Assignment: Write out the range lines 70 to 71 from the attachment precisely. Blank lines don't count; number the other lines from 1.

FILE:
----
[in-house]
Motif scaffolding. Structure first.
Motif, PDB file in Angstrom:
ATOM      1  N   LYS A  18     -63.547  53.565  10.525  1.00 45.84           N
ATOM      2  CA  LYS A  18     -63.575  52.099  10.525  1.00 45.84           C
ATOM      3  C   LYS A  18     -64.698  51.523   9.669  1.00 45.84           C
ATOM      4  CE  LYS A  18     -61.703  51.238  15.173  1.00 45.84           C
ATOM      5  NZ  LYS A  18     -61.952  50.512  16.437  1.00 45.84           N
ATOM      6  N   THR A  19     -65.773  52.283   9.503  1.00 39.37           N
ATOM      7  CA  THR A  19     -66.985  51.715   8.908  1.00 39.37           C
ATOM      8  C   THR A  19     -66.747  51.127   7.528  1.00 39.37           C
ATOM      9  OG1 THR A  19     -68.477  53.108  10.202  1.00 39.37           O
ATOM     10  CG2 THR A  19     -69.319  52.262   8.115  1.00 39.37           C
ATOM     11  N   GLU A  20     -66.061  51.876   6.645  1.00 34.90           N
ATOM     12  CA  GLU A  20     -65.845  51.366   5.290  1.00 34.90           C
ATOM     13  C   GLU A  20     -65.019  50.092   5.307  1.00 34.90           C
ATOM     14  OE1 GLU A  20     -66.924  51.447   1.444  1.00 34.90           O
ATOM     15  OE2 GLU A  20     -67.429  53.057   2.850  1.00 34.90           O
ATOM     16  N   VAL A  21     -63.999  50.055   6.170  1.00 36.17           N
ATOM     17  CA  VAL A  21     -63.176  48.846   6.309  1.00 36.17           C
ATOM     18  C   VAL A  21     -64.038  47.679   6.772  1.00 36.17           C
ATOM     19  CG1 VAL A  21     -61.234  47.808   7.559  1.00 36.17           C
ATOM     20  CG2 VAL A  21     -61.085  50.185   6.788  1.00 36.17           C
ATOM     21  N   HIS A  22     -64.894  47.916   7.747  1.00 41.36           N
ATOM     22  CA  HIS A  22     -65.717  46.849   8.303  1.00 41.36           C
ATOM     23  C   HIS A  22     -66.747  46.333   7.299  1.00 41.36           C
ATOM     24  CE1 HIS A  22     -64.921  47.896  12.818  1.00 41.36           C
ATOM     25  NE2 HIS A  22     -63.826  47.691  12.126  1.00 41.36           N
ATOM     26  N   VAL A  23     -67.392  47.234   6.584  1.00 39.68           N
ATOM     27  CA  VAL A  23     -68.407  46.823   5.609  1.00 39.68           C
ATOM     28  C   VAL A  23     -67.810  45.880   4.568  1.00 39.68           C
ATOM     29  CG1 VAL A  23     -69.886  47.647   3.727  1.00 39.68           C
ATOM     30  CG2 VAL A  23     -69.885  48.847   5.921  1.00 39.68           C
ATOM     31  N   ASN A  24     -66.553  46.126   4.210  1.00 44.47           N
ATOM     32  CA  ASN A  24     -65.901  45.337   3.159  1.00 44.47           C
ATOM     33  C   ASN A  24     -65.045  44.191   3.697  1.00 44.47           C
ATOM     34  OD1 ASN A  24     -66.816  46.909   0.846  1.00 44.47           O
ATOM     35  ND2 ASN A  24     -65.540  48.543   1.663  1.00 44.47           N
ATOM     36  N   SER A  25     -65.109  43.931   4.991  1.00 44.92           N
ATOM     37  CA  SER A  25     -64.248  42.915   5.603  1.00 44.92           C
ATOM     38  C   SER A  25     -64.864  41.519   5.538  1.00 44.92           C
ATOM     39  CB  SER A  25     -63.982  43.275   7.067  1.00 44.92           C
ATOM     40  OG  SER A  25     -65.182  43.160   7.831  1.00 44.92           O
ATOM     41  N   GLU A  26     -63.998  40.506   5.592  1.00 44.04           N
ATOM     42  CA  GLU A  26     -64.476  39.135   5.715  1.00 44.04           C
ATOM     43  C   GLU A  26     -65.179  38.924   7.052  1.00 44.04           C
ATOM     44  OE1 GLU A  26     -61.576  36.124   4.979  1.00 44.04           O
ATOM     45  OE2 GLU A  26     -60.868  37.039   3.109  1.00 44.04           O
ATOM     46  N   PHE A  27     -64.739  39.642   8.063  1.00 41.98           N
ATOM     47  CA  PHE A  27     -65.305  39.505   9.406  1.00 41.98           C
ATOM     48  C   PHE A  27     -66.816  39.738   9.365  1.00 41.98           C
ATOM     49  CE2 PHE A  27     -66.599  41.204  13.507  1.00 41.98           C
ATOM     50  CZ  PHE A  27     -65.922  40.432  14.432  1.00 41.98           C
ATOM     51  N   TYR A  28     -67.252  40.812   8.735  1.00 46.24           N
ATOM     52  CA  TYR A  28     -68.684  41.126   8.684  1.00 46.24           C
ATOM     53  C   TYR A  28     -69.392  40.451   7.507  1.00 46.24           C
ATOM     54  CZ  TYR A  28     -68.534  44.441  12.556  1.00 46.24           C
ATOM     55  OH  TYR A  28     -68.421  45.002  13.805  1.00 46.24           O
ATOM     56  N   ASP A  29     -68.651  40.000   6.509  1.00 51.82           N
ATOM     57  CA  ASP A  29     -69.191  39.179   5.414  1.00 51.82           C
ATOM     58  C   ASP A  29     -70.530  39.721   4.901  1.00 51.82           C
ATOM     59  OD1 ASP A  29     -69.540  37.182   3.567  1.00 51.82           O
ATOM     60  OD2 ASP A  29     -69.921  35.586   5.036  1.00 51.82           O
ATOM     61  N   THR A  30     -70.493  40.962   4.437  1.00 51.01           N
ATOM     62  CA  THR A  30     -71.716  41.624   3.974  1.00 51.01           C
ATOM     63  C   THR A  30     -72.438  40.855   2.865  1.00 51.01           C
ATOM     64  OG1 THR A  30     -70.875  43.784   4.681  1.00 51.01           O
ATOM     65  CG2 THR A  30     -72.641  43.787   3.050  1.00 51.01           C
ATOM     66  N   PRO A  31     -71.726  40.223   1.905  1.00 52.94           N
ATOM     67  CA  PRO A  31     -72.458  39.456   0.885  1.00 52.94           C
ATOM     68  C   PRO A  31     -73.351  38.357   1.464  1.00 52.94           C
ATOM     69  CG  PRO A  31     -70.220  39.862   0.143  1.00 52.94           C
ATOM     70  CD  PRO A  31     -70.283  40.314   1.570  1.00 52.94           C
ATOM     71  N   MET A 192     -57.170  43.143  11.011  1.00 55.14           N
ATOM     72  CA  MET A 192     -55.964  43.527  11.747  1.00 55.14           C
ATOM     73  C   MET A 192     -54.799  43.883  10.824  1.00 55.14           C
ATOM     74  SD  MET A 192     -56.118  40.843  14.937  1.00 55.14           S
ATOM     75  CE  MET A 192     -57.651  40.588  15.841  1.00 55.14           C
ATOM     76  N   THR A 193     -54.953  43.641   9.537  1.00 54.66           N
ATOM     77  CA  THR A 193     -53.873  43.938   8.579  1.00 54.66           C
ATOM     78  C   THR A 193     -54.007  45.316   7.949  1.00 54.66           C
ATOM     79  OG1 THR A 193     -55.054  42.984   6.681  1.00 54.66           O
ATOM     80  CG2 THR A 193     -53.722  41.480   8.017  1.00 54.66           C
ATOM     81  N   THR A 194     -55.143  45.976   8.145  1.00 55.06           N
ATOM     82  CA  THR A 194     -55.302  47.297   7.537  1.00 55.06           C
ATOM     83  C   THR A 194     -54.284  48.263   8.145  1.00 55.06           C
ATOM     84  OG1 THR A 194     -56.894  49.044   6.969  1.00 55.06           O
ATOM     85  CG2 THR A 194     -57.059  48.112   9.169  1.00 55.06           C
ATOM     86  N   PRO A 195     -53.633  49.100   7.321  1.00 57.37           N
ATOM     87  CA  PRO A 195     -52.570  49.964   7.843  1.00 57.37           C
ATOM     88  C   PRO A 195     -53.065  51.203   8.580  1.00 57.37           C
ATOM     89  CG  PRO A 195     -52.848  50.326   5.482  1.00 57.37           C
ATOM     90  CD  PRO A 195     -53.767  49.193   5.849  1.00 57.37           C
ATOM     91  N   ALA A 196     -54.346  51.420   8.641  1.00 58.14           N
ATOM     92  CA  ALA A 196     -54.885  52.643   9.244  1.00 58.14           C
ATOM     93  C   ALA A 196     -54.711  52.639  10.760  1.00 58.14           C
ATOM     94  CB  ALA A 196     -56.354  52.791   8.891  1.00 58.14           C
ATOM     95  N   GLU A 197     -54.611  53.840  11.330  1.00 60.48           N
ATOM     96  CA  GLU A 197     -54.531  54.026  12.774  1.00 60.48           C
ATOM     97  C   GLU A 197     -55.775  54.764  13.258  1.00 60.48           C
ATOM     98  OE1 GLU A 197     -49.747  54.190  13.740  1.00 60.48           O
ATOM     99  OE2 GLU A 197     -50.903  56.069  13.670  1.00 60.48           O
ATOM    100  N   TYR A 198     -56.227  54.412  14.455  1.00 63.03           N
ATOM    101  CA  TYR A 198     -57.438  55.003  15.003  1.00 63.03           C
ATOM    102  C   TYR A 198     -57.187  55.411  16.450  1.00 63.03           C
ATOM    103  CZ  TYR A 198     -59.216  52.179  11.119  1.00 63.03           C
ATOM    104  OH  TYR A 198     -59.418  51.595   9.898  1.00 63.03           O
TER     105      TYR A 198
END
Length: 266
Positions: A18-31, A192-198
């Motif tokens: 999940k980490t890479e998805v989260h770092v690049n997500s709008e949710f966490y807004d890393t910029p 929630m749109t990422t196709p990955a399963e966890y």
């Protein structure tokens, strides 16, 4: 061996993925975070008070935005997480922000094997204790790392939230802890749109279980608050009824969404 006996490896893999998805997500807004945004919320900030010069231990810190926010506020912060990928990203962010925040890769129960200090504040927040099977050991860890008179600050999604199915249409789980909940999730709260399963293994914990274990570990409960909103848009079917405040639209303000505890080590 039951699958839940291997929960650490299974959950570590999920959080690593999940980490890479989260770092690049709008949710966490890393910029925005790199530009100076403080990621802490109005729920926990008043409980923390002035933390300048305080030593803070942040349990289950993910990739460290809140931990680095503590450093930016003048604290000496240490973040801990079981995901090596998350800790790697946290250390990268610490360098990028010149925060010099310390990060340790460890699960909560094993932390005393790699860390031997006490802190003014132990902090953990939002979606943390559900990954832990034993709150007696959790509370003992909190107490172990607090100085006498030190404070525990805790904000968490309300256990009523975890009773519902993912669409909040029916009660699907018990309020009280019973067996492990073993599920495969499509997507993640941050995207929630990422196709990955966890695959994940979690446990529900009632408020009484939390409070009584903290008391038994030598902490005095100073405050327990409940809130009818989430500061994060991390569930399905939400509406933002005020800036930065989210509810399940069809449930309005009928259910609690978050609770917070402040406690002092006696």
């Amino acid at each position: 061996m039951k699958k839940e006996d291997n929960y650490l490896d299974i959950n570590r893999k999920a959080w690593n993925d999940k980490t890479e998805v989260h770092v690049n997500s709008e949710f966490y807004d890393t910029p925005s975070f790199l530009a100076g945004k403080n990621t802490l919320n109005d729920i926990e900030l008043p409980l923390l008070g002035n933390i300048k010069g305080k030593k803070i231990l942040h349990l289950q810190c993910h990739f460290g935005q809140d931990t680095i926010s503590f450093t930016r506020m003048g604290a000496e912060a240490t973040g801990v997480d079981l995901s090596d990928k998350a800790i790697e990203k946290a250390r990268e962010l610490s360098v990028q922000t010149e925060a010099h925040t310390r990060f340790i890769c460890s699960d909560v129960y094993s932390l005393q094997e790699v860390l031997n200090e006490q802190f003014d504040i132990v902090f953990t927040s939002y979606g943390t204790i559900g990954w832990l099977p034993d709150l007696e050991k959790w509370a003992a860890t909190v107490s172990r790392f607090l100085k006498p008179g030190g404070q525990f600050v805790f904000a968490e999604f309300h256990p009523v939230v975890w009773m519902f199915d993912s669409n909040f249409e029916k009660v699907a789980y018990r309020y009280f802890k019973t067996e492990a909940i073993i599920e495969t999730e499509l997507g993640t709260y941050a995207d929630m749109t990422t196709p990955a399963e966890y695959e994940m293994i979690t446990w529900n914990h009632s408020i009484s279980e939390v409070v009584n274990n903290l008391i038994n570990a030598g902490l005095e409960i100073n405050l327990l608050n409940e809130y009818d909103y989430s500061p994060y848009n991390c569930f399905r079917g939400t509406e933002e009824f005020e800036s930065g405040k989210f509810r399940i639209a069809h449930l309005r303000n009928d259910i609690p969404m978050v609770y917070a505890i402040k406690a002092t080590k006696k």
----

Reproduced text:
ATOM     67  CA  PRO A  31     -72.458  39.456   0.885  1.00 52.94           C
ATOM     68  C   PRO A  31     -73.351  38.357   1.464  1.00 52.94           C